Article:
The requirements of a Lertap Data worksheet are set out in this topic.


The screen snapshot below displays the first eight columns of an appropriate Data worksheet. Note that the row of ribbon tab titles now includes a Lertap tab after the File tab. This indicates that the Lertap 5 workbook, Lertap5.xlsm, has been opened. Lertap prefers to have column headings which are numbers instead of letters, and it has accordingly changed the column headers, as you can see. What was column "A" is now column "1". (Refer to this topic for more information if wanted, and look for "Ref. style".)




Lertap has a "recoder" which may be used to create item response columns that have just a single character. As an example, the correct answer to the first item, now called "Item 1", is C. We'll recode it by using the "recoder"; then we'll also use the recoder on item I2, correct answer C, and I3, correct answer BCD.  Behold:




Column 102 has a copy of the original responses to the first item, while column 103 shows the recoded responses using a column header of "I1r", for "I1 recoded".


If a student got I1 correct by selecting option C, her/his recoded response was a 1 (one), with any other response, or responses, becoming a 0 (zero). This is "binary" item coding; it could also called "right-wrong" coding, or "dichotomous" item coding.


The right answer to the second item, I2, was also C. The third item's correct response was BCD. Looking down the I3r column, column 107, we see that only one of the students shown above got the item correct.


We applied the recoder 100 times in order to get binary item responses for each of the items.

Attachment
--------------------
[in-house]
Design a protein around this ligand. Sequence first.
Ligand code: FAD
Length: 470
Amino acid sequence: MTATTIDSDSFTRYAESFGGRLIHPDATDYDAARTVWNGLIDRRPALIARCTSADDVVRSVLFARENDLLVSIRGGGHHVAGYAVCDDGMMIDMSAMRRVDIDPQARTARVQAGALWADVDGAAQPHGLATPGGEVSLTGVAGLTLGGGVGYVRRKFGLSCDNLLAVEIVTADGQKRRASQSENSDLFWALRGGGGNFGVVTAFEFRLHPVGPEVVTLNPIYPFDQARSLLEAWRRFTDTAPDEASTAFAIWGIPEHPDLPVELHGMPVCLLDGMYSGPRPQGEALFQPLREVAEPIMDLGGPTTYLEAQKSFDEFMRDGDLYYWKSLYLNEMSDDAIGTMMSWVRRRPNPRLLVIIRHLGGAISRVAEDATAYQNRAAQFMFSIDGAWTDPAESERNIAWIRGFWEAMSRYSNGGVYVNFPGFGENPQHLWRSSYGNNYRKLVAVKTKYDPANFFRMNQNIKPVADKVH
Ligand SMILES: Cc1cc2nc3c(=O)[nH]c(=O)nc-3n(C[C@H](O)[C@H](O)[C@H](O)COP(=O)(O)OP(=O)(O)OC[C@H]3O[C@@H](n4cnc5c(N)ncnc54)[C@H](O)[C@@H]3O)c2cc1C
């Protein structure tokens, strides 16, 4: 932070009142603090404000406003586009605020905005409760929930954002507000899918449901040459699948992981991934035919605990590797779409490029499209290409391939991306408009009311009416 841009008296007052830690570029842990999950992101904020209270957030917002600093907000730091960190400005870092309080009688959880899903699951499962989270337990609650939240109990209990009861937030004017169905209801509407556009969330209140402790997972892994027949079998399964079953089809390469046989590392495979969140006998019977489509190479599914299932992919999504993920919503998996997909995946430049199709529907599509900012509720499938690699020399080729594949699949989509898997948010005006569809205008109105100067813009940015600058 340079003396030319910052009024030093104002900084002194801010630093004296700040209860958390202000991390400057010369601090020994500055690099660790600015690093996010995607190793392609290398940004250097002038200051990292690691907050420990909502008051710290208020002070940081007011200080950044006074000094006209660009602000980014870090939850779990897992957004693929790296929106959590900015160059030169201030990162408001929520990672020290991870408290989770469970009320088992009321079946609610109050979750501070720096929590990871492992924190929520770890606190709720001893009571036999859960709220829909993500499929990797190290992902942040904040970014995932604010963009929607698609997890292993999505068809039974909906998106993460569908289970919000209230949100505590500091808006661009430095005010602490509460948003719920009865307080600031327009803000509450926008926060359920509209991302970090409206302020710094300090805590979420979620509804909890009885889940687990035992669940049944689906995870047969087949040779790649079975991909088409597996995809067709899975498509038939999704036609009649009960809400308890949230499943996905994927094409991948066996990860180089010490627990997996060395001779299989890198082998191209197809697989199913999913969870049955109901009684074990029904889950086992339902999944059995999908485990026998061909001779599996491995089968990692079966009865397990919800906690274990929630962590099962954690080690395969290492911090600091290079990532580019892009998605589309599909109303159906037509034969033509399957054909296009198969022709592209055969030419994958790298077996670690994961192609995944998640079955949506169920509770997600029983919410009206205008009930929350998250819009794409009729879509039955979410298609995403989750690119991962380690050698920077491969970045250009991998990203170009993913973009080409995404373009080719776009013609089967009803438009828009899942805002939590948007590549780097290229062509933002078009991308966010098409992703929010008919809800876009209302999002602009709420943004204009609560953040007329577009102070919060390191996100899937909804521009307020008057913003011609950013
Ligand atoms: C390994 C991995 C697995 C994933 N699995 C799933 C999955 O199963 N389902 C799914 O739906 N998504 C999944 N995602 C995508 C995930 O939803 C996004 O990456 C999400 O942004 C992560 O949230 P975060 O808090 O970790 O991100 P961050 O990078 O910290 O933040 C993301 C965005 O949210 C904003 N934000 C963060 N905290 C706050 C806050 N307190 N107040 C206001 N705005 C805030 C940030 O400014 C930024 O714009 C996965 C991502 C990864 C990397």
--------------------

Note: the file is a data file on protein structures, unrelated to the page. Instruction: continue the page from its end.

Was this fun? Not! It's easy to use the recoder, but this is a job that begs for a special macro. Such macros involve a bit of computer programming, but they're often fairly straightforward to develop. Please refer to this topic for more information.


So much for getting the Data worksheet ready, now for the CCs sheet:




The *col line refers to the location of each of the recoded items. The res=(0,1) assignment on the *sub line tells Lertap that binary item response codes are to be found in these columns, while the *key line simply says that the right answer to each recoded item was 1 (one).


If you download this dataset and take it for a spin by using the "Interpret" and "Elmillon" options, you'll find that the test had excellent properties, so good that the medical school could cut back on the number of test items, resulting in a shorter test but one probably still having adequate measurement precision for the purpose of an admissions exam.


In case you're new to Lertap 5, and do not have an idea of how the "Interpret" and "Elmillon" options are used, an adequate reference might be this one. It's possible to nudge Lertap 5 into a "Production mode" which simplifies how Lertap 5 options are called into action -- click here to read about it.


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